No one should want to come to Youngstown's supermax

Testimony at this week's supermax prison trial in U.S. District Court in Akron should be mandatory reading for every prisoner in the Ohio penitentiary system.
Inmates testified that they hadn't gotten treatment at the supermax that they received at other prisons. One said he wasn't allowed to wear orthopedic shoes that he had worn at other prisons. Another said conditions at the supermax were far worse than any other solitary confinement arrangement in the state.
"The stress is 10 times worse than any place I've ever been," said inmate Darryl Heard.
That's something every prisoner in Ohio should hear, because the Ohio State Penitentiary in Youngstown is the last place any prisoner in Ohio should want to come to.
Conditions: It is a cold, hard place in which to do time. Prisoners are confined to Spartan cells 23 hours a day. They don't leave their cells without being strip searched. When they are out of their cells they are shackled, whether they're in the recreation area or getting a visit. They have a small black and white television set with limited programming.
Prisoners sleep on a thin mattress on a concrete shelf. There is one tiny sealed window. There are no pictures on the wall. And the only way back into the general prison population is through a series of steps based on good behavior.
And some do get out. The supermax took in 45 inmates in 2001 and released 121. But there are still about 335 there. The state says that only its most disruptive prisoners are sent to OSP and that all of them have disciplinary records that include fighting, assaulting prisoners or guards and gang activity. Some have killed guards or other prisoners.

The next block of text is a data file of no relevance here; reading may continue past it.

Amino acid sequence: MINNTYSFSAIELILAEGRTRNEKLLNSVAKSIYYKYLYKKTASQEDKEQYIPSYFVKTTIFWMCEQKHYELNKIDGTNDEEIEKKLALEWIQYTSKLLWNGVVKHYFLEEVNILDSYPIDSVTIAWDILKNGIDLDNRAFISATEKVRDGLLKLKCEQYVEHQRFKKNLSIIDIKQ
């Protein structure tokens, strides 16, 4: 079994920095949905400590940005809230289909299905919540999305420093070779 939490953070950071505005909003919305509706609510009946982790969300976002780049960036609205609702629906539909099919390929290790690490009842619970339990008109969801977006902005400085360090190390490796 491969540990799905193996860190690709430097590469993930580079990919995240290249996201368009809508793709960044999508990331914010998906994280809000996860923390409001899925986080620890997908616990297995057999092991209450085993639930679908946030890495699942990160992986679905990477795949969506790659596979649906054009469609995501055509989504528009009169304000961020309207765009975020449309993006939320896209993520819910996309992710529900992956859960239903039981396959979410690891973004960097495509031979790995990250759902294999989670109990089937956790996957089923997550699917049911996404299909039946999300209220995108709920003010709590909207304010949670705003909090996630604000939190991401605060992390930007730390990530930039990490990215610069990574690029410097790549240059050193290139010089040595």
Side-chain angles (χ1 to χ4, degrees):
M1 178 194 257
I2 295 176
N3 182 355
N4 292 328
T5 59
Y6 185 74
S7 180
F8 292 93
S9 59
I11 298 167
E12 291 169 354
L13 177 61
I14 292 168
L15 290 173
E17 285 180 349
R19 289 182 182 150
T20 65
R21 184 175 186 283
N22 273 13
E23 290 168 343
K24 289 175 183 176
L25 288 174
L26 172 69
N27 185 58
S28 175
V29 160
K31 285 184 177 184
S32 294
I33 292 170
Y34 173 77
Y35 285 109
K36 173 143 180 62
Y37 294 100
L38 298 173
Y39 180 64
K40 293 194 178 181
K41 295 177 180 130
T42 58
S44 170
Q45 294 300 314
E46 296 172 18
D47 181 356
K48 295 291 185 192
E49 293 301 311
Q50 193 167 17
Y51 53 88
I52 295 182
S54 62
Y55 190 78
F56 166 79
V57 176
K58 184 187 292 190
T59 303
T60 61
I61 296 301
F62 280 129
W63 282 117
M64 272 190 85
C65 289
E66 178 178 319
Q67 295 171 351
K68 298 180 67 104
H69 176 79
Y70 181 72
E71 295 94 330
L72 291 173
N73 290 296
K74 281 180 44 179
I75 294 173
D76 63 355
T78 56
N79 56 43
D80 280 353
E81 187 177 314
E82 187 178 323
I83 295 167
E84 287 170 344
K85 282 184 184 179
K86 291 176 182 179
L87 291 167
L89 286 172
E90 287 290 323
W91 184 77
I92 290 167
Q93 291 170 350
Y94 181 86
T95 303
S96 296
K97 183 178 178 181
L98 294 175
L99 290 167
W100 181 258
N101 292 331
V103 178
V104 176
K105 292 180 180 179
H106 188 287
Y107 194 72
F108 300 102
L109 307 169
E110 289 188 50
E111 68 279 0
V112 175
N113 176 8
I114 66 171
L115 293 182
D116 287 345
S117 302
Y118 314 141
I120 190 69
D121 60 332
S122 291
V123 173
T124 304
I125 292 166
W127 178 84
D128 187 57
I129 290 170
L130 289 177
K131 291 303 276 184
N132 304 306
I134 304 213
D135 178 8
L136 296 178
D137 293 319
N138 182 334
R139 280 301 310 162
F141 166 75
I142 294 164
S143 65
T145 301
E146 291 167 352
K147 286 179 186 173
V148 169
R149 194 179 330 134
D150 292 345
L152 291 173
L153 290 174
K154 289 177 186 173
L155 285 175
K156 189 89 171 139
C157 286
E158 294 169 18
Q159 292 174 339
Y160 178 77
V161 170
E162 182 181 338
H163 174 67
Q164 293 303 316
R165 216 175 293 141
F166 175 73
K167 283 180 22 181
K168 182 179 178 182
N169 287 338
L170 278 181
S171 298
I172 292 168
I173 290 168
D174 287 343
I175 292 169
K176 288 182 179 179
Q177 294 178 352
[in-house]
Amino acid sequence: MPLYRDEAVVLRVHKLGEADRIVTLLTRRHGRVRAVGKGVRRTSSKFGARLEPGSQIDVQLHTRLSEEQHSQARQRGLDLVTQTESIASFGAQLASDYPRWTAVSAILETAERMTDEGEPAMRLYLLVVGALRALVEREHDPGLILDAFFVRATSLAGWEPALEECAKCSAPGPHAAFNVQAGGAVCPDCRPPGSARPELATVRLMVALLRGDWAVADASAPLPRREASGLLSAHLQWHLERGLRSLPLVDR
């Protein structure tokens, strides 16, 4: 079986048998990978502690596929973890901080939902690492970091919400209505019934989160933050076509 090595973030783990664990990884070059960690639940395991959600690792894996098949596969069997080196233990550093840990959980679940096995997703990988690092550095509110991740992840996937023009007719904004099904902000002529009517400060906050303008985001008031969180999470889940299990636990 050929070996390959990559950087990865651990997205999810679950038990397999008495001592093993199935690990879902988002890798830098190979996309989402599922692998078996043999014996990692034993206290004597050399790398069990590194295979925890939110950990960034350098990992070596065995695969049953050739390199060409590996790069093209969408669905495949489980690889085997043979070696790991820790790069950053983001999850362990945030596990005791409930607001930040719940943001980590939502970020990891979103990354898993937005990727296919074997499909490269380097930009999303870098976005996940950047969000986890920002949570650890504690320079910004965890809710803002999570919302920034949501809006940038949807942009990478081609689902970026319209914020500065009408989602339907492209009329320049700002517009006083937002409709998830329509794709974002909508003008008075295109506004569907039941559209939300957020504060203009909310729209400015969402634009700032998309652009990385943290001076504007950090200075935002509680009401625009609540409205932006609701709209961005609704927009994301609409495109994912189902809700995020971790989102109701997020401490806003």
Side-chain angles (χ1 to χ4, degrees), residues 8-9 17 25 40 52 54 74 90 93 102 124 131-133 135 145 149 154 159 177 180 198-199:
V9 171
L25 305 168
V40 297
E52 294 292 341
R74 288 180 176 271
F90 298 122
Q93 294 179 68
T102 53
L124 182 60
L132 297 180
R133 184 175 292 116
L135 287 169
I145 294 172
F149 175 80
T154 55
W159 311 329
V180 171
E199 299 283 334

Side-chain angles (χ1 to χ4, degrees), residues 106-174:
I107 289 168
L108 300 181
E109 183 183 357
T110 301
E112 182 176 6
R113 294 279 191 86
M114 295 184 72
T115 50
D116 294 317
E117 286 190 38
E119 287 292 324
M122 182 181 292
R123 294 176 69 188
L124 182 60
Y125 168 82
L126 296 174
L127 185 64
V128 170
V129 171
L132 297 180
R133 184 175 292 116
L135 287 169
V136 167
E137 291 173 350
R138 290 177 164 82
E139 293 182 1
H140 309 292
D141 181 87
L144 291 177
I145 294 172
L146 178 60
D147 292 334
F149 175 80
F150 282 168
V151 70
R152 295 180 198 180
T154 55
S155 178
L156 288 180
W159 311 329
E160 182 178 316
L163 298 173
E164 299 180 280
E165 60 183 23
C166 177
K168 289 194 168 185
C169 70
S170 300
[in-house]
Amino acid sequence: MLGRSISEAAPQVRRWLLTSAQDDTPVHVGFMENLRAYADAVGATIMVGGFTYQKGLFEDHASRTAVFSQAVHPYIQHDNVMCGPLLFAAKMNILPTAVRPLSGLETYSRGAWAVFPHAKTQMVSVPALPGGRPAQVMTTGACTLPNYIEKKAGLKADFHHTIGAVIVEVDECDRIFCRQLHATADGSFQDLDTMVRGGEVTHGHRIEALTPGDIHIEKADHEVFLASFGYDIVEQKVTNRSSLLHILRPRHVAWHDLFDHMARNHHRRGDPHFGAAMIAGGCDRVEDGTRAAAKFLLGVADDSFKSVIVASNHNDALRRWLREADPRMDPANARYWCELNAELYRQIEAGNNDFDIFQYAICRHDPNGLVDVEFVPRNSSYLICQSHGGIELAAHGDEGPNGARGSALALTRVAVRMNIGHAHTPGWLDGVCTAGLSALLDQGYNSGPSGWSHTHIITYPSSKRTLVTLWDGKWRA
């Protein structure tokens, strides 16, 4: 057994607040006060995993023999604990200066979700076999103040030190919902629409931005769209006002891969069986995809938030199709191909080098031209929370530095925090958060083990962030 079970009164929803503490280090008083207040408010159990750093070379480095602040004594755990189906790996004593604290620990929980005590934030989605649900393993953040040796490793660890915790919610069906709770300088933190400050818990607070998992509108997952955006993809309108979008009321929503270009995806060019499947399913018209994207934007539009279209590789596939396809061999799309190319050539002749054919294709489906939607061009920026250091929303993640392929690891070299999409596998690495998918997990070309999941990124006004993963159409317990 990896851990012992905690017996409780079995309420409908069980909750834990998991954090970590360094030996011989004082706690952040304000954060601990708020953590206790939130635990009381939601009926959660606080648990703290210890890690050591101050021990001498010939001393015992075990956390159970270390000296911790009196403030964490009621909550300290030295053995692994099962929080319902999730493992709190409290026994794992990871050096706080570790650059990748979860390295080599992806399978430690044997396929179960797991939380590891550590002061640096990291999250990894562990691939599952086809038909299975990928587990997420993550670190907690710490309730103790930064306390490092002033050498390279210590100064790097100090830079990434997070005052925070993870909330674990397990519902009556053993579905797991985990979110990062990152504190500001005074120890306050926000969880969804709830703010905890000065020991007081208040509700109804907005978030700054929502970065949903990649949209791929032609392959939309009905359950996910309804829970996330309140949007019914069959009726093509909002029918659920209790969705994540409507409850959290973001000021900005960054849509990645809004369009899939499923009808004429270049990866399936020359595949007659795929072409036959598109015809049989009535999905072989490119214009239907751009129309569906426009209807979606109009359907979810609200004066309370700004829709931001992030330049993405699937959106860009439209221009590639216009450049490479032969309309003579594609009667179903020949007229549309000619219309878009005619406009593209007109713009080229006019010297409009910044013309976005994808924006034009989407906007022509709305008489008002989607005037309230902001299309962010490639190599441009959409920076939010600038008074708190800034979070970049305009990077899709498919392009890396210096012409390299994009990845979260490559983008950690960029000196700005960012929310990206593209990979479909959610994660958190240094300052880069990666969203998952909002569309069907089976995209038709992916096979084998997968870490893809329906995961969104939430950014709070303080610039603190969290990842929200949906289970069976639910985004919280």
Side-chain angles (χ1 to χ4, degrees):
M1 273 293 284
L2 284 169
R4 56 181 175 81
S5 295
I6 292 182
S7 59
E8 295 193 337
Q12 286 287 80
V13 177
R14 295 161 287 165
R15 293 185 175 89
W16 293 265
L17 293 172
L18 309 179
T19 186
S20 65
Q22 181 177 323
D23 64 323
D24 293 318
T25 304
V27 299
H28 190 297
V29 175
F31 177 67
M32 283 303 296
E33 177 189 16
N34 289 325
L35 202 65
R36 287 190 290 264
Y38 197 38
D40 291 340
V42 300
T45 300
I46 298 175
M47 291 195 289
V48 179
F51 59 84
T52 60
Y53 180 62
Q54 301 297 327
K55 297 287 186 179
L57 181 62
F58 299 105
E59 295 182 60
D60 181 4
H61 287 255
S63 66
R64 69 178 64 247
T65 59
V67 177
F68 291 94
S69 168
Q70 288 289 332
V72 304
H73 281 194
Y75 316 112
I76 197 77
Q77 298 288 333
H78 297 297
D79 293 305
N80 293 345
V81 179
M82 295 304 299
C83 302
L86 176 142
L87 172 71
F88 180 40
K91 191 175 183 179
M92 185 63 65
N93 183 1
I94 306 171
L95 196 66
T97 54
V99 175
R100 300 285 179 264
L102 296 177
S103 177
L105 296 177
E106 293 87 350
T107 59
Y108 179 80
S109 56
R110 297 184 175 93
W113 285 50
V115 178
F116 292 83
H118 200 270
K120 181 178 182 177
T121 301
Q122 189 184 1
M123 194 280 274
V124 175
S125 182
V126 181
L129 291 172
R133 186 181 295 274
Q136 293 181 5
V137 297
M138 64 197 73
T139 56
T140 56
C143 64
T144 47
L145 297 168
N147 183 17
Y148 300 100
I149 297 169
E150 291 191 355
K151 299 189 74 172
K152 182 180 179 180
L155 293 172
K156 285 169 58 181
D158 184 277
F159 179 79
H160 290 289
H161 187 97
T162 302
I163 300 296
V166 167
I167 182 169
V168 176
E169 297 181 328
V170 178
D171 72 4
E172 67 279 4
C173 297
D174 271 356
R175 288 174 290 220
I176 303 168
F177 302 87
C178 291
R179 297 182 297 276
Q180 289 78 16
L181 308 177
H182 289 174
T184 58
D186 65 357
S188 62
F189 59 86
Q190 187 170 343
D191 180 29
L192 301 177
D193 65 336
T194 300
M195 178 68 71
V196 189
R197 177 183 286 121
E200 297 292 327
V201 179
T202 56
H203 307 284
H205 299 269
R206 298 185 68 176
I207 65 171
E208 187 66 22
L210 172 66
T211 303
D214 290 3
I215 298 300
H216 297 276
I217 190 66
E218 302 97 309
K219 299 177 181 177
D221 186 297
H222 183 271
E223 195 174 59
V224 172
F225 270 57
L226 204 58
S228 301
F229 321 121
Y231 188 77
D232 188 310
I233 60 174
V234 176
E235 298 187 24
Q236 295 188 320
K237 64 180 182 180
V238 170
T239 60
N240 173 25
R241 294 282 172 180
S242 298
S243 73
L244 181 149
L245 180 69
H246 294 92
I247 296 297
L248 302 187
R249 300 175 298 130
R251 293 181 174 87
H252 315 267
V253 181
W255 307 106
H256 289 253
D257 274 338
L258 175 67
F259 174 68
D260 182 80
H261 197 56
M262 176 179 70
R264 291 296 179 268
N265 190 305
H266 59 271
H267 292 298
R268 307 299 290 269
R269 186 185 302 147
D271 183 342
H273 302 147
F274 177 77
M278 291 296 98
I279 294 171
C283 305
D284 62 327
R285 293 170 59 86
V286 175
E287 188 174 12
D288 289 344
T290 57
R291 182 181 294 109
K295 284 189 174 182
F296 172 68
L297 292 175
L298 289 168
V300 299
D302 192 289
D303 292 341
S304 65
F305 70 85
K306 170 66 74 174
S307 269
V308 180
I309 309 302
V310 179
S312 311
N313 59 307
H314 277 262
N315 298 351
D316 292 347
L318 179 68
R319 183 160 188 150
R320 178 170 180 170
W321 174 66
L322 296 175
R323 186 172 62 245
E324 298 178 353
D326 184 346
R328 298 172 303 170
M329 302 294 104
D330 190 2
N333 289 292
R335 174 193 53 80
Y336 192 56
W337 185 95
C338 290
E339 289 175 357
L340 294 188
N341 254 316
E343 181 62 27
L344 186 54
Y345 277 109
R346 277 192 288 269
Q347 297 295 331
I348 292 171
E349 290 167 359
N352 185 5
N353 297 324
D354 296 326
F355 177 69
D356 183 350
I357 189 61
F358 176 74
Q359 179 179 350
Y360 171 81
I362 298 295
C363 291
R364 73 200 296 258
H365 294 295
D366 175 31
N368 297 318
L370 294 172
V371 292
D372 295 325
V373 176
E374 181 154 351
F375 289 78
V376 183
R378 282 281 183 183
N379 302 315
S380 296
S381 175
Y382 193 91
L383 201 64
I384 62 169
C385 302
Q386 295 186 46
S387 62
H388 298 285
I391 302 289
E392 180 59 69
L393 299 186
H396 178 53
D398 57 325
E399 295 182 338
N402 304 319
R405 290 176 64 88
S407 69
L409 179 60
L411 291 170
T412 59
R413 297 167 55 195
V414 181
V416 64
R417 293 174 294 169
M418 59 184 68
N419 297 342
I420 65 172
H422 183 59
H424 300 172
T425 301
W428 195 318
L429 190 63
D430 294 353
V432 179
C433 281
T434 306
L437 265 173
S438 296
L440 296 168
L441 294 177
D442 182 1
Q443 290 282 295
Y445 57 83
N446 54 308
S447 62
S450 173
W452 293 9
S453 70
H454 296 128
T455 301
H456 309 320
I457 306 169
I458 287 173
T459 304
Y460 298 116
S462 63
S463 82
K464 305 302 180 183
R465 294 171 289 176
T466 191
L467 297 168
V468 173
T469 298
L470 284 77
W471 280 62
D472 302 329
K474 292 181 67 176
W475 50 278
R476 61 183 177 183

Basis of suit: The lawsuit was filed by the American Civil Liberties Union and claims that the conditions at the prison are unnecessarily harsh, and that the state uses an arbitrary process for deciding which inmates are kept there. It seeks to have the prison declared unconstitutional and wants the federal court to order the state to cease operating it or to downgrade its security level.
We hope the federal court disagrees.
Prisoners who choose to break prison rules must find themselves in ever more restrictive environments, for purposes of punishment, deterrence and security.
The lawsuit has pointed out some shortcomings at OSP, which is not surprising since it had been open for less than two years when the suit was filed. The state has agreed to some changes, especially in the matter of medical treatment for inmates.
But every prison system as large as Ohio's will have some hard cases who refuse to live by the rules. For them, there is the supermax. They don't have to like it. They're not supposed to.

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